The Sacrament Prayers Latter-day Saints most commonly turn to Doctrine and Covenants 20:76–79 to find the texts of the sacrament prayers that they regularly use on Sundays. In fact, however, the words for these prayers, which B. H. Roberts admiringly referred to as the “prayer perfect,”1 came not solely by revelation in this dispensation, but were known centuries ago to the Nephites. These prayers were first revealed in this dispensation when Moroni chapters 4 and 5 were translated by Joseph Smith.2 The linguistic history of these prayers, accordingly, can be viewed in light of Nephite civilization and inspiration.3 Especially relevant to the prayers recorded in Moroni 4–5 are the words of Jesus in 3 Nephi 18:5–12.

The setting for the administration of the sacrament in 3 Nephi 18 was deeply spiritual. Jesus ministered the sacrament to those assembled in Bountiful following a rich outpouring of the spirit. During that day, the people in Bountiful had beheld the resurrected Christ, had been taught the main commandments of his gospel (3 Nephi 12–14), and were told great prophecies of things to come (3 Nephi 16:1–20); their sick had been healed (3 Nephi 17:5–10), and their souls were filled (3 Nephi 17:17); “so great was the joy of the multitude that they were overcome” (3 Nephi 17:18). They bathed Jesus’ feet with their tears and they knelt down upon the earth before him (3 Nephi 17:13); Jesus instructed them to arise as he blessed them and their children because of their faith (3 Nephi 17:19–20). After a spiritual manifestation of fire and angels (3 Nephi 17:24), the people bore record of the truth of what they had seen and heard (3 Nephi 17:25).4 Little wonder that the Nephites desired to commemorate this extraordinary day by ceremoniously remembering and religiously repeating the words they heard Jesus speak on that occasion.

The words which Jesus spoke as he administered the sacrament in 3 Nephi 18 are as follows (the italicized words look ahead to the wording of the sacrament prayers in Moroni 4–5):

He said unto the disciples: Behold there shall one be ordained among you, and to him will I give power that he shall break bread and bless it and give it unto the people of my church, unto all those who shall believe and be baptized in my name.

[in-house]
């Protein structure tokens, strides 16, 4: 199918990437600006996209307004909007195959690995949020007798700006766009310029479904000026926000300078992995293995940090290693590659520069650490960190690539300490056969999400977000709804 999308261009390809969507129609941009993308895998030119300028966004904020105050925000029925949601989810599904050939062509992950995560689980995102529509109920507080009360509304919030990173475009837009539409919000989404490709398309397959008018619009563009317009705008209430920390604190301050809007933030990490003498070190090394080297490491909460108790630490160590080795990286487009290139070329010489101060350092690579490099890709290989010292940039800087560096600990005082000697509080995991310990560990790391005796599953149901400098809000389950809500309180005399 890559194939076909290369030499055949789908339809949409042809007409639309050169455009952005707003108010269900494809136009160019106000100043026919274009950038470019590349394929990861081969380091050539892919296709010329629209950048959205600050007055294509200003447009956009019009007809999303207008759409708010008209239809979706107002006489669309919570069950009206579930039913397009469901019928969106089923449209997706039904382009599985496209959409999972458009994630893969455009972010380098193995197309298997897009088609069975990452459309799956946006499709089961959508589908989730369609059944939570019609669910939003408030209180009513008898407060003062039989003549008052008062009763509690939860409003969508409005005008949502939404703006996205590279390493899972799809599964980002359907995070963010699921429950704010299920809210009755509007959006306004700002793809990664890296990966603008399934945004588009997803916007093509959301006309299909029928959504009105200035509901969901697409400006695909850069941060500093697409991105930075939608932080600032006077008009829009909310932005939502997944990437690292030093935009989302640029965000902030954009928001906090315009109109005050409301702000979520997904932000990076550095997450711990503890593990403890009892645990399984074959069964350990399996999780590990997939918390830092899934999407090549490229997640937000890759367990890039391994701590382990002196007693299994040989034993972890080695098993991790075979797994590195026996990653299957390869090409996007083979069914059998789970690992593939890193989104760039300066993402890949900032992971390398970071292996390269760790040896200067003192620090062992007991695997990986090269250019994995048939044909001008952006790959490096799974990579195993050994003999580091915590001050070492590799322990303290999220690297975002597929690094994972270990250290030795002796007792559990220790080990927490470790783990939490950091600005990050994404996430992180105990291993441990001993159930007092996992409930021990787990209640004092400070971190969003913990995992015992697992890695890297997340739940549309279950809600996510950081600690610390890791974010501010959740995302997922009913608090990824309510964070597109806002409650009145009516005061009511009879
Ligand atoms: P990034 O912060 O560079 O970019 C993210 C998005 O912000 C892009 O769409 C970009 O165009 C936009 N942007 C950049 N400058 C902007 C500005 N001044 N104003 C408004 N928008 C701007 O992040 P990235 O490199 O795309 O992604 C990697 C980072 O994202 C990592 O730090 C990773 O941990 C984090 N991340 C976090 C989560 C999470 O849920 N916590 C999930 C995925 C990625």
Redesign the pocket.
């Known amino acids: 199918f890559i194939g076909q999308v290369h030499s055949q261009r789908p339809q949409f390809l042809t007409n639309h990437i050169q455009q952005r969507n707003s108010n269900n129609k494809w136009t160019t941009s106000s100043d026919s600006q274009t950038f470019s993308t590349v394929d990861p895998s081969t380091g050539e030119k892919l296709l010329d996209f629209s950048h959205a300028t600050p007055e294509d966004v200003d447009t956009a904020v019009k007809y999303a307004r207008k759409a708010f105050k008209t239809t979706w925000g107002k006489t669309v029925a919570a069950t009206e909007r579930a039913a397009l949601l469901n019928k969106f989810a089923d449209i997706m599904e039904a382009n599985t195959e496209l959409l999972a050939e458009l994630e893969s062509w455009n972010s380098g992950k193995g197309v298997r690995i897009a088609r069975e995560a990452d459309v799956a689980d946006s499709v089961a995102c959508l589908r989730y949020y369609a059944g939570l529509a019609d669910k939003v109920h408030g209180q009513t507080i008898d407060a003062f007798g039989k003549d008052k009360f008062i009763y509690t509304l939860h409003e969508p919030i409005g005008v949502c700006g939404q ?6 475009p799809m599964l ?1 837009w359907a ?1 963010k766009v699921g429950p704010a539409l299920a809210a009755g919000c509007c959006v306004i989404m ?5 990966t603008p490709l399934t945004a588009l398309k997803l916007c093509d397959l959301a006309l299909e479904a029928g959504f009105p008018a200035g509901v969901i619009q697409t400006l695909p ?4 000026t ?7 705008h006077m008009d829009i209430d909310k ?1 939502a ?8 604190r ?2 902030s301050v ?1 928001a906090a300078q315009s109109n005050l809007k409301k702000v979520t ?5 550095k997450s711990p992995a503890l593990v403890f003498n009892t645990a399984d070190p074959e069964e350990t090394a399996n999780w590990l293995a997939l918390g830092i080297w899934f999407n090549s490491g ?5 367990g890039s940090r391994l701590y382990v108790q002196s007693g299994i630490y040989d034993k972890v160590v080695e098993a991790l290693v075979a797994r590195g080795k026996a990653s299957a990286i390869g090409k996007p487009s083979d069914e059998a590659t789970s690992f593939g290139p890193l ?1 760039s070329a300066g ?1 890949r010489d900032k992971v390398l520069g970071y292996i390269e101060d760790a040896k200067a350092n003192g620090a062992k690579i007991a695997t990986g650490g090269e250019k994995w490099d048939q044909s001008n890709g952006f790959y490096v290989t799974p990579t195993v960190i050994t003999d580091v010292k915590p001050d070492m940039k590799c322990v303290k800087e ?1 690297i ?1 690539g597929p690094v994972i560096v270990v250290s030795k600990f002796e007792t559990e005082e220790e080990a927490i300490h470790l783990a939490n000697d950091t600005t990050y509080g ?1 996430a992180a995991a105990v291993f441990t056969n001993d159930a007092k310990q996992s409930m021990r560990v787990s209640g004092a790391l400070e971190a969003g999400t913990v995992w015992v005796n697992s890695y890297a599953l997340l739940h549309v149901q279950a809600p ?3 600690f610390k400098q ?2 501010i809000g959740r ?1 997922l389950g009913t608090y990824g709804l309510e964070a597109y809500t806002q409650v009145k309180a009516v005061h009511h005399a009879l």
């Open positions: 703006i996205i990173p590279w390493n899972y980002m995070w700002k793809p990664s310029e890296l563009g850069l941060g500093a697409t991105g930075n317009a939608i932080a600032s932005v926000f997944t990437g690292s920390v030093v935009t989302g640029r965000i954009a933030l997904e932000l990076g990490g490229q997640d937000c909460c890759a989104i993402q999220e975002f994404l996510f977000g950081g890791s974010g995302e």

And this shall ye always observe to do, even as I have done, even as I have broken bread and blessed it and given it unto you.

And this shall ye do in remembrance of my body, which I have shown unto you. And it shall be a testimony unto the Father that ye do always remember me. And if ye do always remember me ye shall have my Spirit to be with you.

And it came to pass that when he said these words, he commanded his disciples that they should take of the wine of the cup and drink of it, and that they should also give unto the multitude that they might drink of it. . . .

And when the disciples had done this, Jesus said unto them: Blessed are ye for this thing which ye have done, for this is fulfilling my commandments, and this doth witness unto the Father that ye are willing to do that which I have commanded you.

And this shall ye always do to those who repent and are baptized in my name; and ye shall do it in remembrance of my blood, which I have shed for you, that ye may witness unto the Father that ye do always remember me. And if ye do always remember me ye shall have my Spirit to be with you. (3 Nephi 18:5–8, 10–11)

The similarities between these words of Jesus and the Nephite sacrament prayers in Moroni 4–5 are abundant and apparent, as the following comparison looking back to 3 Nephi 18 demonstrates:

Moroni 4–5 3 Nephi 18
O God, the Eternal Father, we ask thee in the name of thy Son ask the Father in my name (3 Nephi 18:20)
Jesus Christ, to bless and sanctify he took of the bread and break and blessed it (3 Nephi 18:3)